· 4 min read

Lazy Load Fonts in Next.js with Web Components

Lazy load fonts in Next.js by building a custom web component with TypeScript. Conditional font loading optimizes performance.

Learn to lazy load fonts in Next.js by building a custom web component with TypeScript. Conditionally loading fonts improves performance by preventing massive files from being served to all.

Loading multiple fonts can slow down initial page loads. When building Postnitro’s custom fonts feature, I needed a way to lazily load fonts without impacting performance.

In this post, we’ll use web components in Next.js and TypeScript to optimize font loading.

The Problem: Massive Font Files Hurting Site Speed

In Postnitro.ai, users can upload custom fonts and choose from them in a dropdown. To provide a better user experience, I wanted to show font previews in the dropdown. However, loading all the font files upfront caused painfully slow initial page loads.

My goal was to find a way to dynamically load fonts only when users needed to preview them in the font selection dropdown. This led me to web components.

Why Web Components Are Ideal for Lazy Font Loading

Web components let you build reusable, encapsulated HTML elements with JavaScript logic attached. The browser loads a web component’s code only when it encounters the custom element in the DOM.

This enables us to create a <font-previewer> component that fetches and applies fonts on demand. The font files will load only within the scope of the component.

By conditionally loading fonts through web components, we avoid the performance pitfalls of serving massive font files to every user upfront.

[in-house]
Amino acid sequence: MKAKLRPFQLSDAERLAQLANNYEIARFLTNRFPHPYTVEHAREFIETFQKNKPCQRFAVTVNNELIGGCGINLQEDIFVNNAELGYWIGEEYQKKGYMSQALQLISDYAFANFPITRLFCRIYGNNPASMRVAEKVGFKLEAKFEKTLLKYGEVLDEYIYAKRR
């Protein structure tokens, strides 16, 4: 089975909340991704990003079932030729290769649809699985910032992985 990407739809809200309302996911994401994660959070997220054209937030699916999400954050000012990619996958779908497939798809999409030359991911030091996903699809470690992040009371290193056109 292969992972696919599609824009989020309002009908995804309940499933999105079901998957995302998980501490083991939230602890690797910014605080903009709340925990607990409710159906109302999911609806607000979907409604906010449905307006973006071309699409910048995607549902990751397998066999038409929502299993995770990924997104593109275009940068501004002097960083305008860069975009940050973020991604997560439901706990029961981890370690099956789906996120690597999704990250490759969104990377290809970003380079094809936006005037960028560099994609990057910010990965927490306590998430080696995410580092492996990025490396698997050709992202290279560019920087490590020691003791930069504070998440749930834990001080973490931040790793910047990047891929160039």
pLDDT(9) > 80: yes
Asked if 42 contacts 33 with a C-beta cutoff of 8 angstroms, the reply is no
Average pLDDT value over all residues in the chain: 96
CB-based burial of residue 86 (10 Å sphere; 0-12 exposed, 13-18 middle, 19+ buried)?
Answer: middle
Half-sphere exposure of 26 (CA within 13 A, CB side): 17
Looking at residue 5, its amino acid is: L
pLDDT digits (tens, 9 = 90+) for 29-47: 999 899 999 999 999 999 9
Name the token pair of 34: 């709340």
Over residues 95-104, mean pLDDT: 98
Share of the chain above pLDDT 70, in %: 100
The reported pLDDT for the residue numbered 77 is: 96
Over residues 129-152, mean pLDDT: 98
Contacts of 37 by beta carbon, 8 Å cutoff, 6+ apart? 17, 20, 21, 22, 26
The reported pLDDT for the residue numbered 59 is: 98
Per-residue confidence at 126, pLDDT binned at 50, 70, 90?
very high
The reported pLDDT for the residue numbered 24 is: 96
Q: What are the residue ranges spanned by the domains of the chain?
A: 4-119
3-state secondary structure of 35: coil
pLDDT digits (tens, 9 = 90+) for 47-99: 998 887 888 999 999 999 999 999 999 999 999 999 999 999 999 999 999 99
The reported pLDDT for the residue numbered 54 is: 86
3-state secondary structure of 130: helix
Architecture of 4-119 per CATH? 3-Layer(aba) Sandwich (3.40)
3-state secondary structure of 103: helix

Step-by-Step: Building the Font Previewer Web Component

Here’s how I built the <font-previewer> element to lazily load fonts:

  • Accept font-url and font-family attributes
  • Use the FontFace API to dynamically load the font file
  • Apply the font to the component’s shadow DOM
  • Re-render when attributes change to preview different fonts

Encapsulating the font loading logic in a web component allows us to optimize performance by only loading fonts as needed for the previews in Postnitro.

Here is the complete code for the web component file (FontPreviewer.ts):

// Interface defining properties for the FontPreviewer
interface IFontPreviewer {
    'font-url': string;
    'font-family': string;
}

// Custom Element Definition
class FontPreviewer extends HTMLElement implements IFontPreviewer {

    // List of attributes to observe for changes
    static get observedAttributes() {
        return ['font-url', 'font-family'];
    }

    // Private variables holding the values of the custom element's attributes
    private _fontUrl: string = '';
    private _fontFamily: string = '';

    constructor() {
        super();
        // Attaching a shadow root to the custom element
        this.attachShadow({mode: 'open'});
    }

    // Getter and setter for font-url attribute
    get 'font-url'() {
        return this._fontUrl;
    }

    set 'font-url'(val: string) {
        this._fontUrl = val;
    }

    // Getter and setter for font-family attribute
    get 'font-family'() {
        return this._fontFamily;
    }
    set 'font-family'(val: string) {
        this._fontFamily = val;
    }

    // Lifecycle method called when the custom element is added to the DOM
    connectedCallback() {
        this.render();
    }

    // Lifecycle method called when an observed attribute changes
    attributeChangedCallback(name: string, oldValue: string, newValue: string) {